Cats and horses are the companion animals most likely to suffer from diseases that closely resemble human asthma. In horses, the condition often goes by the names Recurrent Airway Obstruction (RAO), Chronic Obstructive Pulmonary Disease (COPD) or heaves. In cats, the terms feline asthma or allergic bronchitis are most commonly used.
When a pet has the animal equivalent of asthma, allergic triggers in the environment cause its airways to constrict and produce more mucous than normal. This can cause symptoms that can be anywhere from mild to extreme. Some animals experience short-lived episodes of low activity, exercise intolerance, coughing, or rapid breathing. Pets with more severe cases might experience life-threatening flare-ups that can cause them to literally gasp for air.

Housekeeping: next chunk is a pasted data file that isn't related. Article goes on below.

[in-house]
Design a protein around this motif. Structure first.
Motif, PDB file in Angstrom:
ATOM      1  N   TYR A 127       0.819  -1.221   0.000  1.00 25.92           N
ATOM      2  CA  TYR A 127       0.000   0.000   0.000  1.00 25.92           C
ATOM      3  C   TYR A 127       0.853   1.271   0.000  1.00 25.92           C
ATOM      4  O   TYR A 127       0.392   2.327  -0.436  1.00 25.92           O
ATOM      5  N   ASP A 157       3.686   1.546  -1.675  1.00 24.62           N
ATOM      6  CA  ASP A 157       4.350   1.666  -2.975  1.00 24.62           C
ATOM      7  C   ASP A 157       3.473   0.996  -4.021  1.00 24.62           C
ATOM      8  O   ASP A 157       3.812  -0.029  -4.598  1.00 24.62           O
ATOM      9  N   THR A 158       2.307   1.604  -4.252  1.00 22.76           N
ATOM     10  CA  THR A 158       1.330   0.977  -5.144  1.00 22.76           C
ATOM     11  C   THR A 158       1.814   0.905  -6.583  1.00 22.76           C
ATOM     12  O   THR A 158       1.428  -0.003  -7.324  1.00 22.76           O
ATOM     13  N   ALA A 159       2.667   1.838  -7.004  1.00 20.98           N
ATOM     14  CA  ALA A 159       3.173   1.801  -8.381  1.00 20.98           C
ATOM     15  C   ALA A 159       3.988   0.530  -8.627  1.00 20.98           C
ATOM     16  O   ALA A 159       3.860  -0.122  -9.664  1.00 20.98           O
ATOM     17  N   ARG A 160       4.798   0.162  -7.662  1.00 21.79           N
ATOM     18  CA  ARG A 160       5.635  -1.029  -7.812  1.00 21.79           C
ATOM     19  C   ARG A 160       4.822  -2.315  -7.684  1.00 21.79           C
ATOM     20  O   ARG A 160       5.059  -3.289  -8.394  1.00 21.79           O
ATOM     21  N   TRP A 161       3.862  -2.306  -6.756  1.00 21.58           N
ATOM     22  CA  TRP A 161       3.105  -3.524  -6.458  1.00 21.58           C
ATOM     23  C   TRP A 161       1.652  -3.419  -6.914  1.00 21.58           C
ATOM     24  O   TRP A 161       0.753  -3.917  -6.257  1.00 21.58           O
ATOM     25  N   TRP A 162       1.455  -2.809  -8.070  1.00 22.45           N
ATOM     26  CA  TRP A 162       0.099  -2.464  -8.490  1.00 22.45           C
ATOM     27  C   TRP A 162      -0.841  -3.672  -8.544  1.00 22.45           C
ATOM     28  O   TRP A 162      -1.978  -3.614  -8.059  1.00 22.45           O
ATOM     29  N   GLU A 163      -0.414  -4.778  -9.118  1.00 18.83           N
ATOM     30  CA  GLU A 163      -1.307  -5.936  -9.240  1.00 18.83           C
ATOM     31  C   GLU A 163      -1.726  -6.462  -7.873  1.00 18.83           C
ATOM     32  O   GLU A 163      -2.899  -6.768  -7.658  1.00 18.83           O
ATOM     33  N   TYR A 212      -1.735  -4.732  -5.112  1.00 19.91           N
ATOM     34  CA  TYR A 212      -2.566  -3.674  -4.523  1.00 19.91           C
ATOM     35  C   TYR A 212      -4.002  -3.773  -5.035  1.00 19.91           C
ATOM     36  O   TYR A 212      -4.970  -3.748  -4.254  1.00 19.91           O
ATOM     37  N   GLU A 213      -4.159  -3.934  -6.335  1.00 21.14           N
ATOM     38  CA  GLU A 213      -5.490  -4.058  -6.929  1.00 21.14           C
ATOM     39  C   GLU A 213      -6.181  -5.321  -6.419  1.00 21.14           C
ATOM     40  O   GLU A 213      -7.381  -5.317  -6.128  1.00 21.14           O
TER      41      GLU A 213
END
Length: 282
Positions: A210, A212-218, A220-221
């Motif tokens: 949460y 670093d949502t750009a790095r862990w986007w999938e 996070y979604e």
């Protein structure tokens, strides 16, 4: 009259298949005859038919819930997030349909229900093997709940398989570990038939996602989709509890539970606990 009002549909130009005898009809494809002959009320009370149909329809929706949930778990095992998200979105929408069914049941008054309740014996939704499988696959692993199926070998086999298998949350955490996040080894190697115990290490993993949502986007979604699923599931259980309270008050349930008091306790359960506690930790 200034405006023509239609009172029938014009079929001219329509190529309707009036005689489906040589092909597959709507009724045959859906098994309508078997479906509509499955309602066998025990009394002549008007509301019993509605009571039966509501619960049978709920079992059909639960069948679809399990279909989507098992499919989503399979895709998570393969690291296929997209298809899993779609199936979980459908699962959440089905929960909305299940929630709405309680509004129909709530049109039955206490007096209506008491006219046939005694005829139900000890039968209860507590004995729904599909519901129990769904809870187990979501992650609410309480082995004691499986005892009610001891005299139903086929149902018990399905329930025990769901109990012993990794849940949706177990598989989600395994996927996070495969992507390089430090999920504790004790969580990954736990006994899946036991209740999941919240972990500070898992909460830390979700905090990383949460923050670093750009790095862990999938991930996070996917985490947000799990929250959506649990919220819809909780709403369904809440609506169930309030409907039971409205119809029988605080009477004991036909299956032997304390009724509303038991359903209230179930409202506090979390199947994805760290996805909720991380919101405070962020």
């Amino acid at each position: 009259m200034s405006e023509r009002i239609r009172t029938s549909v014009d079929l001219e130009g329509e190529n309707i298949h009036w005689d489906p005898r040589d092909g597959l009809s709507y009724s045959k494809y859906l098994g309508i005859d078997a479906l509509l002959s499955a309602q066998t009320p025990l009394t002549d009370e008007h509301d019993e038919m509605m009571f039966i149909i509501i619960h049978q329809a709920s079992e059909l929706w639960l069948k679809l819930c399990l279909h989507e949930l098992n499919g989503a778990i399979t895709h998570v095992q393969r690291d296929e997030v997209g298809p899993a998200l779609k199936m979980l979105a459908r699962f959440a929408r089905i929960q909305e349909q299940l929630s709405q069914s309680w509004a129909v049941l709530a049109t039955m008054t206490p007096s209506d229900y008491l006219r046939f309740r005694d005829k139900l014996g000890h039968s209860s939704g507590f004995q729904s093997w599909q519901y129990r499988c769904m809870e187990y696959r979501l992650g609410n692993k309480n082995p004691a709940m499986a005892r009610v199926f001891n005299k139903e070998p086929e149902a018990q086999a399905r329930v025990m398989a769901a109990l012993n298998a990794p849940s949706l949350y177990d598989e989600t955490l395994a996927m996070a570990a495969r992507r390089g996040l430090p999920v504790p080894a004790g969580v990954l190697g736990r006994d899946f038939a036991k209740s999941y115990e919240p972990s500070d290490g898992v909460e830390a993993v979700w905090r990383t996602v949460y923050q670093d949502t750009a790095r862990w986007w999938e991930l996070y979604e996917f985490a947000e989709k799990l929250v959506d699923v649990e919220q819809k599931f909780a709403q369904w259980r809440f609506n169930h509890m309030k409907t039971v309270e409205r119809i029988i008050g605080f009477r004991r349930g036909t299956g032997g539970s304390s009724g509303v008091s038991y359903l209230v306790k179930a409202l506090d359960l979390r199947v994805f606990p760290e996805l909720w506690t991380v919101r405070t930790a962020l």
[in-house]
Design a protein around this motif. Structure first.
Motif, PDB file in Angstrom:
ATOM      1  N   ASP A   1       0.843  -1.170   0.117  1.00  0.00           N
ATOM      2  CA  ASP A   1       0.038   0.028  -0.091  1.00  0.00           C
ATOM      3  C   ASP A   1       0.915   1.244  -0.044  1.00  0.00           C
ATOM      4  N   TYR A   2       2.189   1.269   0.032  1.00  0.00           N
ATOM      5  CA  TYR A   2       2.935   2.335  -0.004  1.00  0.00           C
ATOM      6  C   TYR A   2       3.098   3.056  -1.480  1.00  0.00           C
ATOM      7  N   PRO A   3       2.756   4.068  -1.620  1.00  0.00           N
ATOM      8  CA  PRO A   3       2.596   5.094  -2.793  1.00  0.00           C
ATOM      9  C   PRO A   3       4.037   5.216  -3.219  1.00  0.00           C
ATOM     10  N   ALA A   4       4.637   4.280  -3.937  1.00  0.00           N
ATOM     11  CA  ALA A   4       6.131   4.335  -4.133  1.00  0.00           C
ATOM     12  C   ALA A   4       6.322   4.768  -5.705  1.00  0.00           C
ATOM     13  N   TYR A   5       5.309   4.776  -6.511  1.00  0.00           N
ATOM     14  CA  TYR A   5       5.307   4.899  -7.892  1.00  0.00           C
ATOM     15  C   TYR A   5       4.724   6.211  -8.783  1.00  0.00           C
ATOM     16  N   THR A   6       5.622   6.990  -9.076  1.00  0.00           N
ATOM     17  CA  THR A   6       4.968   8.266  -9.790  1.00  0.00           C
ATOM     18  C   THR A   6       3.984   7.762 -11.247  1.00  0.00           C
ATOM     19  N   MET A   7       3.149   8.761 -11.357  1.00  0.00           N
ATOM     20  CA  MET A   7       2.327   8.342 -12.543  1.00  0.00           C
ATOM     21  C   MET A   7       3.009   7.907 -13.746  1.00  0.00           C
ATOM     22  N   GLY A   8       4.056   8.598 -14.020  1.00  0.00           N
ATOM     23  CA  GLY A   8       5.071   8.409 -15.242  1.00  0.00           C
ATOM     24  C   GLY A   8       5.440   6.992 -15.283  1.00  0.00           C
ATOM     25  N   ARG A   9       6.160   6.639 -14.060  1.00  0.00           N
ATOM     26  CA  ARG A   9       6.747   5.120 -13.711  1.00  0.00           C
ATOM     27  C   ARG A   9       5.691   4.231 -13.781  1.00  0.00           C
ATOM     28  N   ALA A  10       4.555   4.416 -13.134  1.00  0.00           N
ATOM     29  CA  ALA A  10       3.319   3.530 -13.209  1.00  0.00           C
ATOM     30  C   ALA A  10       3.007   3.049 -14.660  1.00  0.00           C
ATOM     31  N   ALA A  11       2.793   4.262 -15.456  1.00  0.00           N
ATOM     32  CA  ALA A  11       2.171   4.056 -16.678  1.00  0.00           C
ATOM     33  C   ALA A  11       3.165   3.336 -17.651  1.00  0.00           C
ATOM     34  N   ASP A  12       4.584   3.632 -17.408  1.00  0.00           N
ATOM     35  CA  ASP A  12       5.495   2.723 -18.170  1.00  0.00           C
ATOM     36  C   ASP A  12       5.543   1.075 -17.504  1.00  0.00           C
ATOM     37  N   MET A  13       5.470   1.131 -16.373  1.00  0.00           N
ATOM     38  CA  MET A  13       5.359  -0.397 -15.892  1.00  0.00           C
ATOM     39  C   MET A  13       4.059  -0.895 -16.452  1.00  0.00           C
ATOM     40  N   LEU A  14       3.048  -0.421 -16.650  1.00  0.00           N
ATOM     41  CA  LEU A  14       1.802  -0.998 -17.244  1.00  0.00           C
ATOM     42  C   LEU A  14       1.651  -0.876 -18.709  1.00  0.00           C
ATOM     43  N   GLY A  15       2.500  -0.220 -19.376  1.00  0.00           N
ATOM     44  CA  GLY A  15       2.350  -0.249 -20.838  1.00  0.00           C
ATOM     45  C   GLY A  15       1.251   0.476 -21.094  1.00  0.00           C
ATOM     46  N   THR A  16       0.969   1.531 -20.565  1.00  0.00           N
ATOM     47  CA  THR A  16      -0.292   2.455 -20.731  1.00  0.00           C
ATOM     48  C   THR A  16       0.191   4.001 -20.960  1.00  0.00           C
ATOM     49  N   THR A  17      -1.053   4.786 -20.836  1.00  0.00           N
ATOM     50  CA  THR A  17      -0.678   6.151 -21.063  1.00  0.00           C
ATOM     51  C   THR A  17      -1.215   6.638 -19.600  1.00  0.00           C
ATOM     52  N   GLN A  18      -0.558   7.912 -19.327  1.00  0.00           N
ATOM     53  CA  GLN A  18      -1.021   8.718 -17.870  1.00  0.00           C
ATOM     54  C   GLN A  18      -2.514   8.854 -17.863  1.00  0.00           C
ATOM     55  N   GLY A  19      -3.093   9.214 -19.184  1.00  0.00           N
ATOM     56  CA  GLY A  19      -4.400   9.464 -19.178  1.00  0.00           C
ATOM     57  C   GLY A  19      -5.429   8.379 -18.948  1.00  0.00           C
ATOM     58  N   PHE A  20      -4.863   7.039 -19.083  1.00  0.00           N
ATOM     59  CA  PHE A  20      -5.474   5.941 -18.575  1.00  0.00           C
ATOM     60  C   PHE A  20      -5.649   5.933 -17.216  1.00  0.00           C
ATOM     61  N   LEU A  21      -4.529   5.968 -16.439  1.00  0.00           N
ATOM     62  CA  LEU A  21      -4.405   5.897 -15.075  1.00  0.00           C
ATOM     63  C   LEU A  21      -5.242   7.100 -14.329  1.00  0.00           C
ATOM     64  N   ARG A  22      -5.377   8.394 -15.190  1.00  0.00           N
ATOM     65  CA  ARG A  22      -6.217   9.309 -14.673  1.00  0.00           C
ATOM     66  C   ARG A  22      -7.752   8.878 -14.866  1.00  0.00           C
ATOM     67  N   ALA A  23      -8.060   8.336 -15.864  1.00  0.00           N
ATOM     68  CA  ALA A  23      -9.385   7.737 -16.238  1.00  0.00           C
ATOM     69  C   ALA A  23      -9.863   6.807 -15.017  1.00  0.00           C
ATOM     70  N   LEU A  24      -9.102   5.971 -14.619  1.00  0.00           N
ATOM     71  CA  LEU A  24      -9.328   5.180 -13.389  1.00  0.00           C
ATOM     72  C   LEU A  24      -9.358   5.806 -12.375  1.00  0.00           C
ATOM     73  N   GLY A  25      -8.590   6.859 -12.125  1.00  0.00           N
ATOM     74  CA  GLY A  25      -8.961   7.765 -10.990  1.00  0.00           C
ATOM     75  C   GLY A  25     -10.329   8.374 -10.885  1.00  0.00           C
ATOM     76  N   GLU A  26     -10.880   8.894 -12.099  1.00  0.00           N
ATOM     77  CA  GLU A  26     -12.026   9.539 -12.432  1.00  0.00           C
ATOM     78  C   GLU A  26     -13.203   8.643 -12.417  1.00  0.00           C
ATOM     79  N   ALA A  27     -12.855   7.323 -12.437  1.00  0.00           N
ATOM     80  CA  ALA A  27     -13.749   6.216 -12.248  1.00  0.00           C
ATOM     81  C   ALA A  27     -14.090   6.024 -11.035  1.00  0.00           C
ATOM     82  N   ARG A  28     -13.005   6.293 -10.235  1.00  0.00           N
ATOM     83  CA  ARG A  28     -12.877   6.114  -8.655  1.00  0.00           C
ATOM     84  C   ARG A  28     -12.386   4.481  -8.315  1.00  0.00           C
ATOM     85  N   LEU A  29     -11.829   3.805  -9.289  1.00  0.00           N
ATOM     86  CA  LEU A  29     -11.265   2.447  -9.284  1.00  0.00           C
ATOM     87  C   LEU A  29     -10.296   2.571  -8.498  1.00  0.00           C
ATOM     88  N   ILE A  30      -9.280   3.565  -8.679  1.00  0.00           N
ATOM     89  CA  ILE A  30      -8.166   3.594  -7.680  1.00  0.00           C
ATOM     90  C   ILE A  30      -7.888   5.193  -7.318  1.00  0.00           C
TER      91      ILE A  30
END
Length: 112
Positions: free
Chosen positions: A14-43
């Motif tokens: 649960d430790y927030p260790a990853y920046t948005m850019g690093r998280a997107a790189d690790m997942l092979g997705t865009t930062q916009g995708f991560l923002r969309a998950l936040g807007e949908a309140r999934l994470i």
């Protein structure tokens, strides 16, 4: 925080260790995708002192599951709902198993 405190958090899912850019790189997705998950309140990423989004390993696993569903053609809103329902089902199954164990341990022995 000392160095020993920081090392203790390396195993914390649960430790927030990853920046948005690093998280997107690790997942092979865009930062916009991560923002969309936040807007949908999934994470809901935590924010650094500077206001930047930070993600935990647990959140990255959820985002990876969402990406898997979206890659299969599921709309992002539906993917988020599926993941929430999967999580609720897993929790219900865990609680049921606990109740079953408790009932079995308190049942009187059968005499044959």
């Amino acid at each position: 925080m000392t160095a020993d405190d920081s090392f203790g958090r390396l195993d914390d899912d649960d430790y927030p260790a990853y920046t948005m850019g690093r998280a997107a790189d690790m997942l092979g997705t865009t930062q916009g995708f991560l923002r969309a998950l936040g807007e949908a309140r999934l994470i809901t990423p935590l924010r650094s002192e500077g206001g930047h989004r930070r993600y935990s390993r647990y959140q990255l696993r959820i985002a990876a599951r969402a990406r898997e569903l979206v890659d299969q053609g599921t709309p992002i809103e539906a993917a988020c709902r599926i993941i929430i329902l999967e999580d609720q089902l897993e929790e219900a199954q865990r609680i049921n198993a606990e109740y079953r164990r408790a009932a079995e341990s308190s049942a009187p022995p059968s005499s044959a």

To differentiate asthma from other conditions that cause similar symptoms, your pet’s veterinarian will perform a physical exam and also might need to order chest x-rays, blood work, fecal exams or other diagnostic tests. Pet Medications that reduce inflammation, such as Prednisolone, Prednisone, and Dexamethasone, are one of the mainstays of asthma treatment. Medications that reduce inflammation, such as Ventipulmin, are also usually recommended for pets with asthma. Some pet meds for asthma can be inhaled through a facemask while others are given orally or by injection. Animals in the midst of a severe asthma attack may require oxygen therapy. If a specific trigger can be identified (i.e. cigarette smoke or dusty hay) it should be removed from the animal’s environment if possible.
Asthma cannot be cured, but in many cases the disease can be managed so that the attacks are not severe or frequent enough as to dramatically decrease a pet’s quality of life.